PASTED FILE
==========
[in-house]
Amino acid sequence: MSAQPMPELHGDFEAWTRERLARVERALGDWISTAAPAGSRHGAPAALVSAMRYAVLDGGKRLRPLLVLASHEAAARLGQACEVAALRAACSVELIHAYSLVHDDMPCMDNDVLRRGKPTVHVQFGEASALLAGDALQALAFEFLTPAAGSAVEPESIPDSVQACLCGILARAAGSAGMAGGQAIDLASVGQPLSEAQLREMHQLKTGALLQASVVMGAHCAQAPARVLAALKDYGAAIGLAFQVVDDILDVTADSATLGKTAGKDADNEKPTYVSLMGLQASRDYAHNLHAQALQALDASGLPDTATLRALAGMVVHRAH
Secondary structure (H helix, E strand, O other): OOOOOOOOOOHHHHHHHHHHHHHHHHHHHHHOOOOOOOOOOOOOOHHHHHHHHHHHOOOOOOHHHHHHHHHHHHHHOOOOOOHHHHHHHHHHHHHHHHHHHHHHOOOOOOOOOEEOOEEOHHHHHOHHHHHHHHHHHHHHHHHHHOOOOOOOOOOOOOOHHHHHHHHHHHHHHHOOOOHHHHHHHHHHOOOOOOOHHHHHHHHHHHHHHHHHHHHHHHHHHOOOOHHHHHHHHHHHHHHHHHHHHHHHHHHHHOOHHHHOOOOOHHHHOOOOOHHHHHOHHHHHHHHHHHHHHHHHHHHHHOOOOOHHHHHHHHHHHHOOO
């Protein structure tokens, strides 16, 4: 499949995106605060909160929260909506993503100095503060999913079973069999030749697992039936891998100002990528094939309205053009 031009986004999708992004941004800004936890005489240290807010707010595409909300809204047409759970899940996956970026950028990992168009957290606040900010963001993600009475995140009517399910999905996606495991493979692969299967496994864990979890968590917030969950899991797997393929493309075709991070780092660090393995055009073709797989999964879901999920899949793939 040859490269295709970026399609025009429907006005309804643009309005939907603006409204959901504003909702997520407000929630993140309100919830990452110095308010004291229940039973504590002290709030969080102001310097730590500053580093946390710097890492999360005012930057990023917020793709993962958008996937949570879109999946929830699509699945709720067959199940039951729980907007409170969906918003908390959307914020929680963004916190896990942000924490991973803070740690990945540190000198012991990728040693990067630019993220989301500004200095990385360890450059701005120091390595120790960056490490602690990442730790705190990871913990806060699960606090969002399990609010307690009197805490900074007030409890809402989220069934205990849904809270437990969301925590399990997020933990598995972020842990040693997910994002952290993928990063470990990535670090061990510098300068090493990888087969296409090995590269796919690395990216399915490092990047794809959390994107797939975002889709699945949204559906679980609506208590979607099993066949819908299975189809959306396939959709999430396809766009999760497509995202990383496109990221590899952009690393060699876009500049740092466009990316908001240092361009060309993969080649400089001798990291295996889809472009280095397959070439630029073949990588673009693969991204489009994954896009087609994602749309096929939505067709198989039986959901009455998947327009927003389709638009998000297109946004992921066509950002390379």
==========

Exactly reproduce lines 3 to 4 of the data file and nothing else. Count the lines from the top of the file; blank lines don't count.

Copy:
Secondary structure (H helix, E strand, O other): OOOOOOOOOOHHHHHHHHHHHHHHHHHHHHHOOOOOOOOOOOOOOHHHHHHHHHHHOOOOOOHHHHHHHHHHHHHHOOOOOOHHHHHHHHHHHHHHHHHHHHHHOOOOOOOOOEEOOEEOHHHHHOHHHHHHHHHHHHHHHHHHHOOOOOOOOOOOOOOHHHHHHHHHHHHHHHOOOOHHHHHHHHHHOOOOOOOHHHHHHHHHHHHHHHHHHHHHHHHHHOOOOHHHHHHHHHHHHHHHHHHHHHHHHHHHHOOHHHHOOOOOHHHHOOOOOHHHHHOHHHHHHHHHHHHHHHHHHHHHHOOOOOHHHHHHHHHHHHOOO
């Protein structure tokens, strides 16, 4: 499949995106605060909160929260909506993503100095503060999913079973069999030749697992039936891998100002990528094939309205053009 031009986004999708992004941004800004936890005489240290807010707010595409909300809204047409759970899940996956970026950028990992168009957290606040900010963001993600009475995140009517399910999905996606495991493979692969299967496994864990979890968590917030969950899991797997393929493309075709991070780092660090393995055009073709797989999964879901999920899949793939 040859490269295709970026399609025009429907006005309804643009309005939907603006409204959901504003909702997520407000929630993140309100919830990452110095308010004291229940039973504590002290709030969080102001310097730590500053580093946390710097890492999360005012930057990023917020793709993962958008996937949570879109999946929830699509699945709720067959199940039951729980907007409170969906918003908390959307914020929680963004916190896990942000924490991973803070740690990945540190000198012991990728040693990067630019993220989301500004200095990385360890450059701005120091390595120790960056490490602690990442730790705190990871913990806060699960606090969002399990609010307690009197805490900074007030409890809402989220069934205990849904809270437990969301925590399990997020933990598995972020842990040693997910994002952290993928990063470990990535670090061990510098300068090493990888087969296409090995590269796919690395990216399915490092990047794809959390994107797939975002889709699945949204559906679980609506208590979607099993066949819908299975189809959306396939959709999430396809766009999760497509995202990383496109990221590899952009690393060699876009500049740092466009990316908001240092361009060309993969080649400089001798990291295996889809472009280095397959070439630029073949990588673009693969991204489009994954896009087609994602749309096929939505067709198989039986959901009455998947327009927003389709638009998000297109946004992921066509950002390379």